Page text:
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'Smart' Trains Impact Conversion from Truck to Rail

Think hybrids that go 60 miles on a gallon are efficient? Trains can go eight times as far with 2,000 pounds in their backseat. And they're only getting smarter.

'Smart' Trains Impact Conversion from Truck to Rail

Trains are no longer the lumbering hunks of metal of the 20th Century. Today’s locomotives are computers on wheels, and they’re beginning to take business from fuel-guzzling semi-trucks.

“From a longtime standpoint, the continued conversion from truck to rail will continue,” according to GE Transportation CEO Russell Stokes.

GE has developed algorithms that track exactly where trains are and tell the train how much fuel it needs to burn at every moment, taking into account that it cannot come barreling down a hill or flying around a curve. The algorithms' train cruise control cuts fuel costs while making railroads safer, says Stokes.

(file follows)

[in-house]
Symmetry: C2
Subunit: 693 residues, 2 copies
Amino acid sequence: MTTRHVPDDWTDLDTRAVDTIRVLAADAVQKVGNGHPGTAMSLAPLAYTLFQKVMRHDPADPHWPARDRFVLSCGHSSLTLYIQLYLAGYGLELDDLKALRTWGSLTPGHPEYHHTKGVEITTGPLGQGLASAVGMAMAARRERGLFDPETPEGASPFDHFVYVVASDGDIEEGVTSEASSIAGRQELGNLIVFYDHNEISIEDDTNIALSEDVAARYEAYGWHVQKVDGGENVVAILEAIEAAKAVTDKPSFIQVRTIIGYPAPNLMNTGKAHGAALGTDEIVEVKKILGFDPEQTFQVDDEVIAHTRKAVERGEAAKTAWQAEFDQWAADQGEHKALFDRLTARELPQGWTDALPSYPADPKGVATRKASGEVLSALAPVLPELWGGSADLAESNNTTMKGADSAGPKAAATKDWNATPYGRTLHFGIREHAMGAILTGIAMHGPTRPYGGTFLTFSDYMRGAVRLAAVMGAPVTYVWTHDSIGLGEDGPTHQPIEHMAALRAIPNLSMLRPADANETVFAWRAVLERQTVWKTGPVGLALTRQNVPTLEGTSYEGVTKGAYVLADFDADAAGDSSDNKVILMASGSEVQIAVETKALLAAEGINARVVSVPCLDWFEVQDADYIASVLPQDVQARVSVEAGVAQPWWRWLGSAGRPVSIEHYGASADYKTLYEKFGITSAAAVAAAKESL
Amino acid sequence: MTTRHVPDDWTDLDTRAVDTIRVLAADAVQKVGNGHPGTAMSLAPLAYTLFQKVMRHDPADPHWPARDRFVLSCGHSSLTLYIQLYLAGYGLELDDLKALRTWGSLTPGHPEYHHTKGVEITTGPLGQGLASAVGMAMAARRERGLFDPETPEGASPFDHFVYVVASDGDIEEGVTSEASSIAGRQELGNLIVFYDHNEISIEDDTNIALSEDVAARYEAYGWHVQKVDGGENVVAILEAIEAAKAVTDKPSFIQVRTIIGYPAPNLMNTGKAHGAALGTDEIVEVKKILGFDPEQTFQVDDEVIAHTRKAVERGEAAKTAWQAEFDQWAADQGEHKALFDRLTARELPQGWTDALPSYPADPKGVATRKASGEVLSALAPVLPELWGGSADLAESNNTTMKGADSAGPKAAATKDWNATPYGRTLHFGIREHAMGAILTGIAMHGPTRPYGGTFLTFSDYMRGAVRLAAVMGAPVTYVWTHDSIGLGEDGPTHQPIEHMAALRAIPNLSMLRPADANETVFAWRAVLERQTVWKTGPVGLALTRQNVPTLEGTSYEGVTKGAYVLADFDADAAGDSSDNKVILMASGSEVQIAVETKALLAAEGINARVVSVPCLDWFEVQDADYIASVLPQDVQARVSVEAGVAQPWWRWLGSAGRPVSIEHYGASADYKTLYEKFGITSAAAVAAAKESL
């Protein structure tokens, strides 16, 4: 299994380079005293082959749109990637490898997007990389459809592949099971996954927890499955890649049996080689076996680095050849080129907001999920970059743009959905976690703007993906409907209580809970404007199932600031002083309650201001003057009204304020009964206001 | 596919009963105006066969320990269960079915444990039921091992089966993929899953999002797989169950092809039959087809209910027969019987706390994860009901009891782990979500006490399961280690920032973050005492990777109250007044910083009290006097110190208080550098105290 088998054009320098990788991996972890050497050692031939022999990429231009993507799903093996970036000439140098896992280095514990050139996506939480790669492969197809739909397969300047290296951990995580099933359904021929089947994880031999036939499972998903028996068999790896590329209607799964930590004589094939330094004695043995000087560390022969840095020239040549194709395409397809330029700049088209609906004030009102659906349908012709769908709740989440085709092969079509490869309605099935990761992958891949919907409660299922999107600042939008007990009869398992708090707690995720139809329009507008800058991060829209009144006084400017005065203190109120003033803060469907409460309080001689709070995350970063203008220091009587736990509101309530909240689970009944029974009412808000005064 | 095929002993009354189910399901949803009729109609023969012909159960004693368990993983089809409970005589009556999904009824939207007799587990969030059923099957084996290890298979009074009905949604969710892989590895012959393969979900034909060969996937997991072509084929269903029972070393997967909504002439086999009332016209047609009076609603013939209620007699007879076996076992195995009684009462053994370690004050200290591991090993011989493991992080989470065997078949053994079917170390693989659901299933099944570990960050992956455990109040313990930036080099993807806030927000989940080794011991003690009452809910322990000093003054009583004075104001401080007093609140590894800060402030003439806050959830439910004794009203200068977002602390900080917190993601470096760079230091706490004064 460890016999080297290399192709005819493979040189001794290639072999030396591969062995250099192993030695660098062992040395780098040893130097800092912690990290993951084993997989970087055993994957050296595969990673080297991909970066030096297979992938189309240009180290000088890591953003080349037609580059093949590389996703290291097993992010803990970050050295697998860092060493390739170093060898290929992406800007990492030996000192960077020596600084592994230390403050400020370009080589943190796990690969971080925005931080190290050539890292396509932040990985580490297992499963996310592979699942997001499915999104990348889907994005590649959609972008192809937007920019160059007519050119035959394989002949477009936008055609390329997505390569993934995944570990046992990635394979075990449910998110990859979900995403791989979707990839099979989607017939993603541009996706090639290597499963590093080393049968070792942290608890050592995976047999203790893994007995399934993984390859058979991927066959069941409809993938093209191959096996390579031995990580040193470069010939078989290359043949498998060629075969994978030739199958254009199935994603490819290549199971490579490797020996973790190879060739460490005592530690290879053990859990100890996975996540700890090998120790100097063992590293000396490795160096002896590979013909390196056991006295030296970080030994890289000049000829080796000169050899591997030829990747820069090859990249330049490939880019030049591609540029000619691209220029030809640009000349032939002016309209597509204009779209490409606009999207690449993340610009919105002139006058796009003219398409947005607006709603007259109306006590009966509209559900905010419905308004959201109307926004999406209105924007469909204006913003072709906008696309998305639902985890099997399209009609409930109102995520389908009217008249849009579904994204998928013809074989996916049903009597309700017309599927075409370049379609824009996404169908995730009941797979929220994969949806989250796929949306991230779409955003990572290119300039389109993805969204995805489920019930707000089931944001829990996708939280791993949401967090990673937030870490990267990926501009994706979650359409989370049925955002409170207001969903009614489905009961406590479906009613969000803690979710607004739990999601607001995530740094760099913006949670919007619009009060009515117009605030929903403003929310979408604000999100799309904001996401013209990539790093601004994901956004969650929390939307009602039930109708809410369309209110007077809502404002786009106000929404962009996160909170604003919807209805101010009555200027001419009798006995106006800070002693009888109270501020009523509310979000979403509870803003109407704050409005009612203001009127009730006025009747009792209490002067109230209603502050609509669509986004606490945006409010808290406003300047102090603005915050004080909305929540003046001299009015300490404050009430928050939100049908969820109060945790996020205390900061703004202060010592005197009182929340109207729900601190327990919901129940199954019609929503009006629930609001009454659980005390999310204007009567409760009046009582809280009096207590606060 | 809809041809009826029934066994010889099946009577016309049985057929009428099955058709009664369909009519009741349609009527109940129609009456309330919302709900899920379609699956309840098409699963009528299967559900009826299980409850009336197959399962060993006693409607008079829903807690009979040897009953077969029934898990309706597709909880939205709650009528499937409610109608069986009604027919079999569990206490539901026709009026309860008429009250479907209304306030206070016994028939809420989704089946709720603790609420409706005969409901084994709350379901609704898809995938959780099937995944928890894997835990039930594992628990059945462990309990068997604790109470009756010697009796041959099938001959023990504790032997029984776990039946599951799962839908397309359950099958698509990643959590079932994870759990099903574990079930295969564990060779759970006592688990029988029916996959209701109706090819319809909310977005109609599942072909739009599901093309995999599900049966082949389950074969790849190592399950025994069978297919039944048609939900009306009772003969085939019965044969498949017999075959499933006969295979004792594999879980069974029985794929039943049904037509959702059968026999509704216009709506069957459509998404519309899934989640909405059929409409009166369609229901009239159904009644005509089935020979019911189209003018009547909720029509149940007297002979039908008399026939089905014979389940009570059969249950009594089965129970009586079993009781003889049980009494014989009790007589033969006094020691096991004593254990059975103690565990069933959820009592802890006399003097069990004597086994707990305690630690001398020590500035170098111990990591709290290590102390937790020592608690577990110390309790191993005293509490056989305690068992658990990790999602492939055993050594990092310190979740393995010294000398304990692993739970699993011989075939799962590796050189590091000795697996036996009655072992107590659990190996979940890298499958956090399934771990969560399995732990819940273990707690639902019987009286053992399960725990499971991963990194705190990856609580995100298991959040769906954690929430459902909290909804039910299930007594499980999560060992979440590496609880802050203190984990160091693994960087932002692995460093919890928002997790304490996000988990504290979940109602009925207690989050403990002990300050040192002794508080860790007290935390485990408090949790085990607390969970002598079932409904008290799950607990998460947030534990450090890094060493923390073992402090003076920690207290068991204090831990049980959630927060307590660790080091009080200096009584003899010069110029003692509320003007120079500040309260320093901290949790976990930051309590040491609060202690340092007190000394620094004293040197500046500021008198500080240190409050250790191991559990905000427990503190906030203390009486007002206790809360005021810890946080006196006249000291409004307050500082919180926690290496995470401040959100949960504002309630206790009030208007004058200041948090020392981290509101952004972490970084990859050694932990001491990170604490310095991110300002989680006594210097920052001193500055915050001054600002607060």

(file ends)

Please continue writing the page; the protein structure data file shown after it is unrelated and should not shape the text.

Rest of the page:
GE Transportation and Norfolk Southern are also working together to build a software that will serve as an air traffic control for trains all across the country.

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